Tuesday, July 09, 2013

The Air Conditioning Is Officially Hosed

    As in, "him no cool."  Nope, not hardly.  It started to fall behind last evening and, thanks to an unusually warm and humid night, has never caught up.

     The coil doesn't appear to be frozen but we may be low on working fluid.  The HVAC man has already been called and should arrive just in time to keep Tam from going to lunch.

     Me, I'm going to enjoy a nice, tepid-to-cold shower and get ready for work.

     (Gimme several K and I could fix this -- the duct layout is singularly addled, with outputs all near the center of the house, just off the doorways to most rooms, while the return is on an outside wall in the dining room.  This might have made sense in 1924 with a low-burning coal furnace without a blower but it's marginal for modern heating and unsuited to cooling except by brute force.)

11 comments:

Brick said...

I feel your pain. One of my first 'home improvement projects" was having the duct work completely redone in my attic. I don't know what drugs the original installer was on, but apparently it made him think multiple U-shaped bends were the optimal way to route the airflow.

You know how people show off their remodeled bathrooms or kitchens? If you come to my place, you get to see my ducts.

Comrade Misfit said...

No a/c in the heat is not fun. I spent a summer in a house without a/c. I put white posterboard on the west-facing windows, had enough fans running that I had to wear earplugs to sleep.

Took a shower in the morning, just before getting dressed, and one in the evening. Gah, it was miserable.

Hope they can fix it without needing too many AMUs.

("AMU" = "Aircraft maintenane unit", a $1,000)

Fuzzy Curmudgeon said...

Changing ductwork around in a basement/crawl space is not a "several K job", unless 30-ga sheet metal pipe and related stuff has increased massively in price in the 15 years or so I've been out of the business.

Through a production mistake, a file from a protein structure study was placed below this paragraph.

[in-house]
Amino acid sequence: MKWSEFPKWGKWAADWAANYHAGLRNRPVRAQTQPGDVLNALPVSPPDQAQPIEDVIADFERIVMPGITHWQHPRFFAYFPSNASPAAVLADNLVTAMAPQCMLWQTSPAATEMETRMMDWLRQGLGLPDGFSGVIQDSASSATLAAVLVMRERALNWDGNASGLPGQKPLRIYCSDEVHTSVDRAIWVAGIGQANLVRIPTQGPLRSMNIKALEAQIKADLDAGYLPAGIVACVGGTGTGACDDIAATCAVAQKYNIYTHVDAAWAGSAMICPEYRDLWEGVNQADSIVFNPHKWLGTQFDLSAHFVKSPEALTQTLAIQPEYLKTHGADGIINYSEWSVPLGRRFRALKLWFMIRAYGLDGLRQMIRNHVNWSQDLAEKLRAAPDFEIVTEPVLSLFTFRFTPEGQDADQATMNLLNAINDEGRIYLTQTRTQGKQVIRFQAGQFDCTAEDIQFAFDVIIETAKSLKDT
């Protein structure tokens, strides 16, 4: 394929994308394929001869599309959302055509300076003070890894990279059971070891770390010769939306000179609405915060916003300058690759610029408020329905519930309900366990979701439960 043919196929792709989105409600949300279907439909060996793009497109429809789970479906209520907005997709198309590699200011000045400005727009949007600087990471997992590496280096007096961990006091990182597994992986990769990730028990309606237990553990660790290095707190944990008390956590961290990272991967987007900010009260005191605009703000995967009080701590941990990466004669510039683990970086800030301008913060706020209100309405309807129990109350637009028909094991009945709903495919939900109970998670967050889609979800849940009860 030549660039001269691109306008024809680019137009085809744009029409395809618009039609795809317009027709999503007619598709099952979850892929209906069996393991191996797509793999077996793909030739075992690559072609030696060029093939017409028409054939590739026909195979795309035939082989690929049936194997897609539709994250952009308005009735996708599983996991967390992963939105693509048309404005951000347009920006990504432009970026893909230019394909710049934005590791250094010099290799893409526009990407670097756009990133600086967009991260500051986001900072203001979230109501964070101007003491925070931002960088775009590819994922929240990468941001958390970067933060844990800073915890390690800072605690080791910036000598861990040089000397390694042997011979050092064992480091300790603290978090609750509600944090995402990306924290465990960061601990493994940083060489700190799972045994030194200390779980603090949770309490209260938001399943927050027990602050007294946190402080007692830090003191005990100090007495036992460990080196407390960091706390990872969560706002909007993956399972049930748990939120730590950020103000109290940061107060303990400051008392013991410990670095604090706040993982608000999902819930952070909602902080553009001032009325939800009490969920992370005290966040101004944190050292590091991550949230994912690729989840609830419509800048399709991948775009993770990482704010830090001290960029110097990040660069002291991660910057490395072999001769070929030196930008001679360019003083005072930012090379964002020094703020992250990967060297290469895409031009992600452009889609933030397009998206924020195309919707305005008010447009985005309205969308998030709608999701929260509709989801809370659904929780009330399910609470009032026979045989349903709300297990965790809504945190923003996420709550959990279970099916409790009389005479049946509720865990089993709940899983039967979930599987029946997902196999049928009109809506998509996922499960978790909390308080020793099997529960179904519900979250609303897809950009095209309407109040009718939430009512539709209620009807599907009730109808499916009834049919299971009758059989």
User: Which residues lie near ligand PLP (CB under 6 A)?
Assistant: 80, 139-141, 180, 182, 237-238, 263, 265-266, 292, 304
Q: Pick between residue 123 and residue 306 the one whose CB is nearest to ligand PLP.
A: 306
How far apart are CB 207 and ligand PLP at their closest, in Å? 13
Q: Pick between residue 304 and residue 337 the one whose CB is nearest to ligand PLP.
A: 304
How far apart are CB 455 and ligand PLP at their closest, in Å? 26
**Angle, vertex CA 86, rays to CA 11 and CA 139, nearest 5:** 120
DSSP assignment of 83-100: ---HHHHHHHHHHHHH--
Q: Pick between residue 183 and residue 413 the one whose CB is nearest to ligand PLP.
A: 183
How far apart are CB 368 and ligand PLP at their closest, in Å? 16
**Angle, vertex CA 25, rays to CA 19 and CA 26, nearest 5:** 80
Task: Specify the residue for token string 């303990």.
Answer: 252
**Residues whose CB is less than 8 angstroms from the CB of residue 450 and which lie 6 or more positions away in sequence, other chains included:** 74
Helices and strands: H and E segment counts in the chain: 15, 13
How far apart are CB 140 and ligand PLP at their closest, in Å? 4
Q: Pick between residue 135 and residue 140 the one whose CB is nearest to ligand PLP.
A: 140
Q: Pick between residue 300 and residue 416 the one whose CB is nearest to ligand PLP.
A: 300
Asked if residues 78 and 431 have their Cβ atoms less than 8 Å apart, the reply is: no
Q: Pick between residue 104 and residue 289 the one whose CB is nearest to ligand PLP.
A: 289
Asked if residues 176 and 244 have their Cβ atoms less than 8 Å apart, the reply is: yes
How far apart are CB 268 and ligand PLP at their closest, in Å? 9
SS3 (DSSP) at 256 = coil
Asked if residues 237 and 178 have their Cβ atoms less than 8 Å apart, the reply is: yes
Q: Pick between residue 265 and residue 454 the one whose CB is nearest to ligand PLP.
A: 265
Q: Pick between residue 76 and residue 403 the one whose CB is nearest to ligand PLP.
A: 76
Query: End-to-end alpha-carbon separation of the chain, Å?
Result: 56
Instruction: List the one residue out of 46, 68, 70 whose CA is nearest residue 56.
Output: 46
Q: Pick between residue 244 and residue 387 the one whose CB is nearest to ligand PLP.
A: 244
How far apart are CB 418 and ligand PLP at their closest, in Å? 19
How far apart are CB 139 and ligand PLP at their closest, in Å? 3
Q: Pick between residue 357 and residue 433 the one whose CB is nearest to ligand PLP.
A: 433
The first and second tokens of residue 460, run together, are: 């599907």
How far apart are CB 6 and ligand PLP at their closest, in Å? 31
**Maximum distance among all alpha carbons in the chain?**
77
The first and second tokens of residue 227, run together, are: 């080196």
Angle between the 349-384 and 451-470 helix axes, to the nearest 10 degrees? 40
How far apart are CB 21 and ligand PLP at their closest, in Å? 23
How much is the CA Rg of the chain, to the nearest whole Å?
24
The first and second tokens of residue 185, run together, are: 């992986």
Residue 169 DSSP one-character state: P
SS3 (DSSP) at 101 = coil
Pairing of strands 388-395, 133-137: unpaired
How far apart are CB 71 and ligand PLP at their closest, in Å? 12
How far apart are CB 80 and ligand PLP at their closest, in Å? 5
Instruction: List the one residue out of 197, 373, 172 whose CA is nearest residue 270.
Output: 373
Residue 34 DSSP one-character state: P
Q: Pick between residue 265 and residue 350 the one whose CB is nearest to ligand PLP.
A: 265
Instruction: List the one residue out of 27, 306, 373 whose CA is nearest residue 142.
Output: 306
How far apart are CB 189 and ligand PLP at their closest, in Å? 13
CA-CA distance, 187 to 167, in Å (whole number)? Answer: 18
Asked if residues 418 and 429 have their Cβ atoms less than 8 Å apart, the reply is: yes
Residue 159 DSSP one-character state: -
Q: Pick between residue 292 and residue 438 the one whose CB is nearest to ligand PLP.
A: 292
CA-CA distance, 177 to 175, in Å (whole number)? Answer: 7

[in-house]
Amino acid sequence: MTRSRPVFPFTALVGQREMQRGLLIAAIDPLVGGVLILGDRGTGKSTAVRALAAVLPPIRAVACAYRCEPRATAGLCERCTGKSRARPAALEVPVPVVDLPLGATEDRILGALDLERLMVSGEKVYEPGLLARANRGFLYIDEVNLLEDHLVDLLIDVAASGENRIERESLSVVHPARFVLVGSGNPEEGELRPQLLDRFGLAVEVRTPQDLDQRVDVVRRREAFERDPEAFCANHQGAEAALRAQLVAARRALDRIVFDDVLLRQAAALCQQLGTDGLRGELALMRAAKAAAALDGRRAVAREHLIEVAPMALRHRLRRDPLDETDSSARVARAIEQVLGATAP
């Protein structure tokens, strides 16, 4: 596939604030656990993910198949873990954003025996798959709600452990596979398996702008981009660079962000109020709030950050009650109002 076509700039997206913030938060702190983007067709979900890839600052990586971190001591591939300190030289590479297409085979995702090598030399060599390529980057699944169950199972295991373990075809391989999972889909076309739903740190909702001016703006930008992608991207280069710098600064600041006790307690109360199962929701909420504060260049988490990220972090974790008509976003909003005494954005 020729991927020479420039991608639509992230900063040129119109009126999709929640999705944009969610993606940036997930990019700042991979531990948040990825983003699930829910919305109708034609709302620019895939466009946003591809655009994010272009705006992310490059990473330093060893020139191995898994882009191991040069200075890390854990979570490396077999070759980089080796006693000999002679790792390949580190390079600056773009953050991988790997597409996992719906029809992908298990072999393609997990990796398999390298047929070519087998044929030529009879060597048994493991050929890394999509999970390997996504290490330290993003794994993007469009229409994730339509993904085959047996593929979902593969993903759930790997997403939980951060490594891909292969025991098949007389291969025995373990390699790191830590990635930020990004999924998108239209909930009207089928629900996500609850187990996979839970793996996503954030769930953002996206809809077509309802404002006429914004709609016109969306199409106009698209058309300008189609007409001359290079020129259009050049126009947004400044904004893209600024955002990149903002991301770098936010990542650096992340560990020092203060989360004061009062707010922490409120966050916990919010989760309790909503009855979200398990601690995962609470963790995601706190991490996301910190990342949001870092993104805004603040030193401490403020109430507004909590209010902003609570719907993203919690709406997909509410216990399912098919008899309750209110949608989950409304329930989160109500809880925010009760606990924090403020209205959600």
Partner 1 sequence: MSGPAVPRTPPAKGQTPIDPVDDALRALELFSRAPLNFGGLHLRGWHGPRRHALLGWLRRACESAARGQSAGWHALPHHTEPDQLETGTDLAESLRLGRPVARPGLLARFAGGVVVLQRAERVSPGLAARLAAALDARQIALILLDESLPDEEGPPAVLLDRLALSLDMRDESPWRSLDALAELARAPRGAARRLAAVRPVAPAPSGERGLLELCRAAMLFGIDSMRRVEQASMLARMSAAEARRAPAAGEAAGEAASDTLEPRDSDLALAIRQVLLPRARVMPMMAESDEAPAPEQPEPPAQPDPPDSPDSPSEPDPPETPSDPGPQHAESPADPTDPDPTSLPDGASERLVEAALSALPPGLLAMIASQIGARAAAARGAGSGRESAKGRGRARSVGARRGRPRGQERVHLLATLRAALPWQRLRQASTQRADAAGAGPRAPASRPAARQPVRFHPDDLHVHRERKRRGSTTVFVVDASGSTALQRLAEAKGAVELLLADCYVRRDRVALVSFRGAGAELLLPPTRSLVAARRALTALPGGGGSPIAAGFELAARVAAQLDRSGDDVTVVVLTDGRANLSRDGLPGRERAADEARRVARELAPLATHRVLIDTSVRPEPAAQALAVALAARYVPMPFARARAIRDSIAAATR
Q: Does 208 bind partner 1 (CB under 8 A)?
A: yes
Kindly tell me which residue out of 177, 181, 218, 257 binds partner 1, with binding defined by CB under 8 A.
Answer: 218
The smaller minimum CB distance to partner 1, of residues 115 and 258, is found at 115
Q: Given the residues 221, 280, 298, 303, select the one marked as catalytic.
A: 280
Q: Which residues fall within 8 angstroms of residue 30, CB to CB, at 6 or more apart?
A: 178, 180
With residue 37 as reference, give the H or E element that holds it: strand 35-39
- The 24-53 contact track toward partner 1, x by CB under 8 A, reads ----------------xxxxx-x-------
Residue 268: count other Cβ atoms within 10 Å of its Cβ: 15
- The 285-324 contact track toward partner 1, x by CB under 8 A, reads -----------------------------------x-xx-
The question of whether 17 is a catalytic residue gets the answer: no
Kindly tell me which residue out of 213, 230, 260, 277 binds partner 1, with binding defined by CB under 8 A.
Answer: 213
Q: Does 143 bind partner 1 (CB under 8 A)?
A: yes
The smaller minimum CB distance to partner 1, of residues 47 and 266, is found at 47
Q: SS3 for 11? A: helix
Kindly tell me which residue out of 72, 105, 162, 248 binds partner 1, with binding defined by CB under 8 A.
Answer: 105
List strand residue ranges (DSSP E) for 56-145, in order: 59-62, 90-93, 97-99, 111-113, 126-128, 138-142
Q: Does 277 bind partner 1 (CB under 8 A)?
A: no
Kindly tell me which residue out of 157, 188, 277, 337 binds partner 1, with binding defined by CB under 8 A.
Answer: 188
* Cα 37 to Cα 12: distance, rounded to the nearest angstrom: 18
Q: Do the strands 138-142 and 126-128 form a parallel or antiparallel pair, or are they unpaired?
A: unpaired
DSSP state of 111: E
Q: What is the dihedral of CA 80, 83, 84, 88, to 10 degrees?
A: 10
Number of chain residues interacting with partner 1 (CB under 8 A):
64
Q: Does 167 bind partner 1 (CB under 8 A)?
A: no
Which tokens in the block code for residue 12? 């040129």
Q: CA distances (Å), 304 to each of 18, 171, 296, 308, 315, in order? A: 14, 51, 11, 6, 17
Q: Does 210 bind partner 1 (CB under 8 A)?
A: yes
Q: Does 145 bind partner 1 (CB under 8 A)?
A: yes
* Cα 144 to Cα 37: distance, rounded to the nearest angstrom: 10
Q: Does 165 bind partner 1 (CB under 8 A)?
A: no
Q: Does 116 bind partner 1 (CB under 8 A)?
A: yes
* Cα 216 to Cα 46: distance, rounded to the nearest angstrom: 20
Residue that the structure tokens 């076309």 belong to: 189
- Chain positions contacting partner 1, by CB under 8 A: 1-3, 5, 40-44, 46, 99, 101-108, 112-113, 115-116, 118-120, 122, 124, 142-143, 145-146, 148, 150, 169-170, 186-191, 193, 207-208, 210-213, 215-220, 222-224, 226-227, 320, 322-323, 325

I'm planning to move mine out of the slab and into the attic, and I doubt that I'm looking at more than a grand in materials (although I admit I haven't priced it out yet). And that will all have to be fiberglas (either ductboard or flex pipe) because it's in an unconditioned space.

Fuzzy Curmudgeon said...

(PS I assume that you would do it yourself, not have someone do it for you. Ductwork is remarkably simple to run. And when you cut yourself on it, the zinc in the galvanized coating helps your cuts heal faster! LOL)

NotClauswitz said...

Never had A/C before but the BayArea doesn't require it, teh New Mountain Redoubt has it though. Summer temps routinely to 100 and more.

Roberta X said...

Ductwork might be simple but making neat holes in the floor -- and patching the old ones -- is not.

Anonymous said...

Tough it out...our ancestors didn't have air conditioning and they got along ok......sort of......

Fuzzy Curmudgeon said...

Yes, after I posted, I thought that might be it. Hardwood floors no doubt.

Jose said...

Hey, it could be worse. You could live in Vegas, Arizona, or Texas ;) How hot does it get in Indianapolis, anyway?

Jim Dunmyer said...

Are you sure the unit is working at its optimum? Many people neglect the condenser coils on the compressor assembly. They get plugged with cottonwood fuzz, etc. and the cooling unit will actually shut down due to excessive internal pressure.

Today's A/C units are seldom low on refrigerant, as they almost never leak. If they do, it's usually catastrophic, ALL of the refrigerant leaks out.

NotClauswitz said...

A/C works mainly by removing humidity from the environment, so I can see it's value in Indianapolis - especially whenever it's like India. :-)